‘Radioactive’ sites under review

by May 14, 2012 No Comments

A dozen sites across Scotland have been marked as potential spots to investigate radioactive contamination, an environmental watchdog has confirmed.

The Scottish Environment Protection Agency (SEPA) has told Holyrood there are 12 sites which may need to be tested in the future.

But the agency stressed that the only one marked as a priority was at Dalgety Bay in Fife – where the Ministry of Defence has now drawn up a plan of action on how pollution should be cleaned up.

SEPA has said the sites will only be named if a public health risk is identified and it stressed there had been no issues identified at any other sites.

A spokeswoman for the agency said: “SEPA does not name potential sites of interest, because we may investigate and find nothing of concern.

“We do not wish to cause unnecessary alarm or distress to the local residents. If, following investigation, we subsequently have an issue with a site, we will communicate that issue more publicly.

“We have identified 12 sites in Scotland which have, or have had, radioactive contamination which may require investigation. These sites include current and former MoD sites and, of course, Dalgety Bay. At the moment we are concentrating on the investigations at Dalgety Bay.” The list has been maintained since 2007 and the spokeswoman added: “ The list has evolved over time as information has been provided to SEPA. The list is reviewed following new information to ensure that our focus is on the sites where the most significant hazards may be present.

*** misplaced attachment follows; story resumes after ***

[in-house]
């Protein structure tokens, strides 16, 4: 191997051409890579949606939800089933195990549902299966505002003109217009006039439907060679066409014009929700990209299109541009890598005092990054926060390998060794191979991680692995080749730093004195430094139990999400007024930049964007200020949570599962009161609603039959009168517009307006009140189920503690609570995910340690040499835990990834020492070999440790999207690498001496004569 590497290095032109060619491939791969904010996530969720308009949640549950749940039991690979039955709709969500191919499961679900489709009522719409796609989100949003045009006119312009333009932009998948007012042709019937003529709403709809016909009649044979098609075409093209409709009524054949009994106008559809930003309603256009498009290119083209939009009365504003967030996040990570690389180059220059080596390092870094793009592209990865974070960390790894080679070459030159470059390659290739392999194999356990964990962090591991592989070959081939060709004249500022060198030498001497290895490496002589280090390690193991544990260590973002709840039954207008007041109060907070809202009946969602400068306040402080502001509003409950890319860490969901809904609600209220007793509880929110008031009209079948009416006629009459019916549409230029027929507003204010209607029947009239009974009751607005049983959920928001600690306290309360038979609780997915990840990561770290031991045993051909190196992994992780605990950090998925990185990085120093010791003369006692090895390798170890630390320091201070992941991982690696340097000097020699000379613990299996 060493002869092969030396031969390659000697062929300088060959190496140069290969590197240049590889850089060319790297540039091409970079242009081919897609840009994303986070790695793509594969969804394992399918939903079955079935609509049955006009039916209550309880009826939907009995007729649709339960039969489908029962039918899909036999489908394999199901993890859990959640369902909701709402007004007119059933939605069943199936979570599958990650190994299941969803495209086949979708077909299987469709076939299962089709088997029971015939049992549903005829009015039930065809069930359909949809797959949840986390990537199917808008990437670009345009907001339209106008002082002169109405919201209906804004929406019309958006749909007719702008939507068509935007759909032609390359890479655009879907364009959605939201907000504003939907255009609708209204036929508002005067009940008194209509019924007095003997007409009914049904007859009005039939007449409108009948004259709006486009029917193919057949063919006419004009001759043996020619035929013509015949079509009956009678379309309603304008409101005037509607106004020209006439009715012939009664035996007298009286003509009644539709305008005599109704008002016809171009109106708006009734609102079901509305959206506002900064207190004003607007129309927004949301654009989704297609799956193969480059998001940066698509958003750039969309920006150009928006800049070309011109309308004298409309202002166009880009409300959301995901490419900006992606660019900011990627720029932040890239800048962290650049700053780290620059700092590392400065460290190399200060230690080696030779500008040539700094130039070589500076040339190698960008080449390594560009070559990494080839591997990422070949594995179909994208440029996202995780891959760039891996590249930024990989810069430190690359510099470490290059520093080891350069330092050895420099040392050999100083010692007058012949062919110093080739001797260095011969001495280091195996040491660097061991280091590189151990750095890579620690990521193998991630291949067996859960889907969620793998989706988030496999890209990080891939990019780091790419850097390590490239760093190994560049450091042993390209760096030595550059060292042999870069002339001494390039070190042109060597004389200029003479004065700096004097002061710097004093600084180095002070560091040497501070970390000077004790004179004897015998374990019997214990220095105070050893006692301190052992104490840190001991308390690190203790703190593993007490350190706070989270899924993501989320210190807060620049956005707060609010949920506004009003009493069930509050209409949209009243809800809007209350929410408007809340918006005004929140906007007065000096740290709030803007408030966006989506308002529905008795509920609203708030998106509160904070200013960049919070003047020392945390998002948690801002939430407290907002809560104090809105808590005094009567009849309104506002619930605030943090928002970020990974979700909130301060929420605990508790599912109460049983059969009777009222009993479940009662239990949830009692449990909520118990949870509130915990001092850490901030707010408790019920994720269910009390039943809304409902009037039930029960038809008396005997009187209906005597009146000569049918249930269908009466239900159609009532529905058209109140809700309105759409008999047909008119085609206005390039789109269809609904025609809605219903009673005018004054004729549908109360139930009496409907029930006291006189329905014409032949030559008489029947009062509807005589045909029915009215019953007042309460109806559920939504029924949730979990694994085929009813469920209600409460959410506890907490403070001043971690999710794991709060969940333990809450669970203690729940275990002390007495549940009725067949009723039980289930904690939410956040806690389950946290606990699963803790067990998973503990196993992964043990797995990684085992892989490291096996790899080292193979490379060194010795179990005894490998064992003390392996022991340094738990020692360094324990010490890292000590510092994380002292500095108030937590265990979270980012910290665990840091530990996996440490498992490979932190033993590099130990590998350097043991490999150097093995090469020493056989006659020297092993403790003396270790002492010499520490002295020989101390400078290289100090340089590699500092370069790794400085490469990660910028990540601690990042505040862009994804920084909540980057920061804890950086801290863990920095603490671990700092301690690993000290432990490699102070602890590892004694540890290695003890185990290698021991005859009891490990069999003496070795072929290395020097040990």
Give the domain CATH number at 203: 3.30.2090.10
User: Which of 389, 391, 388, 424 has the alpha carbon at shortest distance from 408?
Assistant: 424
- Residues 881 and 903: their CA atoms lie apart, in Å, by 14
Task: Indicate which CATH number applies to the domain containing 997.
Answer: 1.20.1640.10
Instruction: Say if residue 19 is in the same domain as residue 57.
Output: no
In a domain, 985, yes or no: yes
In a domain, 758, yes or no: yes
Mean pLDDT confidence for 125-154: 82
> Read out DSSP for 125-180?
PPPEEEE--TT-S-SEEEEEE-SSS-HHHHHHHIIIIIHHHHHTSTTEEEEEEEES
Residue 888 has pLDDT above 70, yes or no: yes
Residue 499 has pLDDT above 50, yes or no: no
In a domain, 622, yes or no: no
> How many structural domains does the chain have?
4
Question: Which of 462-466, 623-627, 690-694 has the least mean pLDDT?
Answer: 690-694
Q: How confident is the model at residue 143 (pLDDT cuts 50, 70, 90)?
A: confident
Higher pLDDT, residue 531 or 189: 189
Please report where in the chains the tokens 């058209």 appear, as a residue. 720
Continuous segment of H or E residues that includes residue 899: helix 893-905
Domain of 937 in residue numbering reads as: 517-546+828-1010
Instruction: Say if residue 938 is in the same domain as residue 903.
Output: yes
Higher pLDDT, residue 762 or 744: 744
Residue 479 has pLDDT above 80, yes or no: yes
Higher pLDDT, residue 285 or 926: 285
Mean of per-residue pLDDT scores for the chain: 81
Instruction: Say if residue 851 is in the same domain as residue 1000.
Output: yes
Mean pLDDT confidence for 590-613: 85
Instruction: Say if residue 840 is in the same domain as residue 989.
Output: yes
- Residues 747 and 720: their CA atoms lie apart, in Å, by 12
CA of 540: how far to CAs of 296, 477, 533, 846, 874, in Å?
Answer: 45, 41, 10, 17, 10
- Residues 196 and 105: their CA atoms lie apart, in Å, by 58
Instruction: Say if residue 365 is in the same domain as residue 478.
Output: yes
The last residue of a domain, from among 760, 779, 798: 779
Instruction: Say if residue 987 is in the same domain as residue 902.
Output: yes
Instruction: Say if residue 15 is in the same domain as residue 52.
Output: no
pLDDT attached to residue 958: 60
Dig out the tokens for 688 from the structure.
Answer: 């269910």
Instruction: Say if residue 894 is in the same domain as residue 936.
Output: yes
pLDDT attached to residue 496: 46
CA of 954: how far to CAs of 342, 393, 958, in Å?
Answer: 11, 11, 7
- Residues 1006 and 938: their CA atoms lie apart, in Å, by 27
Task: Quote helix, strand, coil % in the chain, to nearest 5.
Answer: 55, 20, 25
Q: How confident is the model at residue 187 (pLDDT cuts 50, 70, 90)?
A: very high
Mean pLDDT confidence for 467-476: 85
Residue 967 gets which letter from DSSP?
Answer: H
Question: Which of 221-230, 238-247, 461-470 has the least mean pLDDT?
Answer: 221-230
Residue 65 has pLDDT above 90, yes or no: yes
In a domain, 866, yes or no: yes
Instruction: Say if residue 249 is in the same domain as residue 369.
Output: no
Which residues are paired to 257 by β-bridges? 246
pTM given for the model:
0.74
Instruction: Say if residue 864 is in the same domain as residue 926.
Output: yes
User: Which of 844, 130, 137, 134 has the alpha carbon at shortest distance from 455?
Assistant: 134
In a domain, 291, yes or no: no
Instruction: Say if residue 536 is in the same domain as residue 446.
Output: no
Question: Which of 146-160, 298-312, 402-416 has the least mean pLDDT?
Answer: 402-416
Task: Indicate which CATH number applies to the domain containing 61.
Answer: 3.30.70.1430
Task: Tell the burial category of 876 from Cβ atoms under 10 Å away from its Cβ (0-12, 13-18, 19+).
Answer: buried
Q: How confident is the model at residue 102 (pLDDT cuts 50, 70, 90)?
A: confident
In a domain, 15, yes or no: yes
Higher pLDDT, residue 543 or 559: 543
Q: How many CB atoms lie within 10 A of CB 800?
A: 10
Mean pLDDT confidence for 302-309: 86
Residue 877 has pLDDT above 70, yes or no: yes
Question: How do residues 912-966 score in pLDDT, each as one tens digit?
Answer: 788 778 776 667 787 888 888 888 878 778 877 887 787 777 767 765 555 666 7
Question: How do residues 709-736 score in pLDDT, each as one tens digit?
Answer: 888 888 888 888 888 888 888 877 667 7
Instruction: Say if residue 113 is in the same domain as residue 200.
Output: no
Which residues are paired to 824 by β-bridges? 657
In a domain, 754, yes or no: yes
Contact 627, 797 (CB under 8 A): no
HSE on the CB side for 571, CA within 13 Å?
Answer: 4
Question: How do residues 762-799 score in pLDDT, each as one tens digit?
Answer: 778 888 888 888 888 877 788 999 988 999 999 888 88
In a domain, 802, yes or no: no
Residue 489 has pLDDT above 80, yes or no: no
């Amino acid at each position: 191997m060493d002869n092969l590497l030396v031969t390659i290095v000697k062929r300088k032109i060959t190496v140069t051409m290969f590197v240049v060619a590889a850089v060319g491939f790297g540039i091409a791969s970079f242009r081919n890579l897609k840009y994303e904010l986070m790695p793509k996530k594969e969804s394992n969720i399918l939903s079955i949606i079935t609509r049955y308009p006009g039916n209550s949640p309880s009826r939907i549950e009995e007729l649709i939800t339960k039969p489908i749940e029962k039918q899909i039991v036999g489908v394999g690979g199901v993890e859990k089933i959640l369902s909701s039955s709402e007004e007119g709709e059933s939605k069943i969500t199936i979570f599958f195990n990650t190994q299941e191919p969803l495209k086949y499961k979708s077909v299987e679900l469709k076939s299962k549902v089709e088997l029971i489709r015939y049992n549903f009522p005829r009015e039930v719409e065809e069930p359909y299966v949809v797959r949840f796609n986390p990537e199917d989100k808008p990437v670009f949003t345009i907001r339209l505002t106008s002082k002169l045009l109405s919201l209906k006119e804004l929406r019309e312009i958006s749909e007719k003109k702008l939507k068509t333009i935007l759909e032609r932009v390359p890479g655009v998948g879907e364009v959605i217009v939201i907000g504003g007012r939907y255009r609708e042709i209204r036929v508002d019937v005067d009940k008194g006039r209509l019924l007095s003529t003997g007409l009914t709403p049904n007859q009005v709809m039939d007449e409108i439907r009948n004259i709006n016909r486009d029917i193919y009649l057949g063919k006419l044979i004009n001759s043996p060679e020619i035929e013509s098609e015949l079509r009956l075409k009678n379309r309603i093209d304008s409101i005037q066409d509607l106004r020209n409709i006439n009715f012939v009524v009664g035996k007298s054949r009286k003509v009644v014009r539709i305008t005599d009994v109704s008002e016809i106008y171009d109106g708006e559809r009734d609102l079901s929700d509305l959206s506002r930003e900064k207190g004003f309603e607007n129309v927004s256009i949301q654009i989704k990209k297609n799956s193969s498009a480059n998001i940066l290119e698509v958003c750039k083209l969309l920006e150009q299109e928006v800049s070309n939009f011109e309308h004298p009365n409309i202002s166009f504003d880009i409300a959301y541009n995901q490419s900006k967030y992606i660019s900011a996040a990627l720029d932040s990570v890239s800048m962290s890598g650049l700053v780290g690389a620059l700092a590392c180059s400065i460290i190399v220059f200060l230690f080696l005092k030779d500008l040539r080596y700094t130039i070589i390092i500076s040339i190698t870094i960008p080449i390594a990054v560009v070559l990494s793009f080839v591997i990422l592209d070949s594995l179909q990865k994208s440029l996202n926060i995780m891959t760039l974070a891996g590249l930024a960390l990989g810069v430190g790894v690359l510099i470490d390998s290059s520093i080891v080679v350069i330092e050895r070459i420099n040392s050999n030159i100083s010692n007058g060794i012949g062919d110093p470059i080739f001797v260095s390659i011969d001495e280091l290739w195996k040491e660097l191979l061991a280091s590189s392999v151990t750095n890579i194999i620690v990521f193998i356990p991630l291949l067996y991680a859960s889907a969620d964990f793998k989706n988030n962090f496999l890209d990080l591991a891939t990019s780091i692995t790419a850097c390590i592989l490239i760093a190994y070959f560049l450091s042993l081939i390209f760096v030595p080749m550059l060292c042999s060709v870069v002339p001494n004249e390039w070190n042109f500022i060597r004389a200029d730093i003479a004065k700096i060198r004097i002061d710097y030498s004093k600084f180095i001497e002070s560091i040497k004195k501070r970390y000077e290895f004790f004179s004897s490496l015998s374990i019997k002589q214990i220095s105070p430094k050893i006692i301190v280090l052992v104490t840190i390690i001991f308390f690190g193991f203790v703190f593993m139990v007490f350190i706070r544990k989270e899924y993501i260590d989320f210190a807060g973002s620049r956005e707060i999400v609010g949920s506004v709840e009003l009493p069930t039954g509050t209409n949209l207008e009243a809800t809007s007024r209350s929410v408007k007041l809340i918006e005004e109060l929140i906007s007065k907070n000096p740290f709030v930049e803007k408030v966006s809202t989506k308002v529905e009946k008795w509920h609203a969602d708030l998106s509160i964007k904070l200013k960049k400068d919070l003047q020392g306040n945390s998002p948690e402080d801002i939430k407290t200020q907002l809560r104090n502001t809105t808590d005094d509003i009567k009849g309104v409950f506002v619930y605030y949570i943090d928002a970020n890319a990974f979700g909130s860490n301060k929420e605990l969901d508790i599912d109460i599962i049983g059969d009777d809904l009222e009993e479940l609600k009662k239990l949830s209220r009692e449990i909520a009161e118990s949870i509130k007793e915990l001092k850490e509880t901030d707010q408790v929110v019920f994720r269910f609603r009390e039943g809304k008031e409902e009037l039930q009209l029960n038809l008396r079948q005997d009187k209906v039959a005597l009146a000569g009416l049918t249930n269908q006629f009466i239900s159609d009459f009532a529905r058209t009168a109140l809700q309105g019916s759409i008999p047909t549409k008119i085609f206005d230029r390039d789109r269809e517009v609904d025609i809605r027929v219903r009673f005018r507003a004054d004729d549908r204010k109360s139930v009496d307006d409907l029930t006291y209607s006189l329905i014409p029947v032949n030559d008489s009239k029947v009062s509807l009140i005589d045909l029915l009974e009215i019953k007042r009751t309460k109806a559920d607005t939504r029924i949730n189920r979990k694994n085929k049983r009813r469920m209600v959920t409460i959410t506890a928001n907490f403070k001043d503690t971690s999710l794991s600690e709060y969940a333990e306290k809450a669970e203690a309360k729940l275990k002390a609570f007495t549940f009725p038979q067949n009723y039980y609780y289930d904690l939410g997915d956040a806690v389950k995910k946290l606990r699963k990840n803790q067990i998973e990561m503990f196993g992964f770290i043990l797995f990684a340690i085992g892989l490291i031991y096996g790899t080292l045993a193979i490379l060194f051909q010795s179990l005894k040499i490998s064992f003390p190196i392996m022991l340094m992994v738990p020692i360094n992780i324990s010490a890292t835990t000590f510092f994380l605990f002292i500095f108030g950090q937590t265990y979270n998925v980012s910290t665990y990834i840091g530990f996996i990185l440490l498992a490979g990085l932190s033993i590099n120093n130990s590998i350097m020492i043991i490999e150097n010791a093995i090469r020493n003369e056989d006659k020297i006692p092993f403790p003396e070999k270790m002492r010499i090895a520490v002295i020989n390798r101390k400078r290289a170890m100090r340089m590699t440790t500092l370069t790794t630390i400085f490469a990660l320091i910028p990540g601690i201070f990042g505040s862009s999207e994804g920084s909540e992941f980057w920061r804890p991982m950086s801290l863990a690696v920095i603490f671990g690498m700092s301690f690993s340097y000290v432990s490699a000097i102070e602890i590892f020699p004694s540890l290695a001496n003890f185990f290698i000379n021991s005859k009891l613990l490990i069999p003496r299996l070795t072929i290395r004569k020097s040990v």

“There are no specific dates for the investigation of the sites, however, it will be on the priority basis.” Dr Paul Dale, a Radioactive Substances Specialist at SEPA, said the agency was writing to the MoD for more information on the remaining sites and investigations could range from a “table-top” exercise, to a full-blown investigation.

Radioactive particles found on the beach in Dalgety Bay are believed to date back to radium paint used on aircraft, which were dumped at the site during the war.

The first particles were found in 1990 and are thought to have come from aircraft from the former MoD base at Donibristle.

Neil Evans Neil Evans

Neil is Holyrood's Environment Correspondent, joining in 2012 after working for newspapers in Corby, Portsmouth and Aberdeen. He was born in Reading but has lived in Scotland since 2007. His first attempt at "being green" was coming up with the idea of an edible crisp packet while at primary school. It didn't catch...

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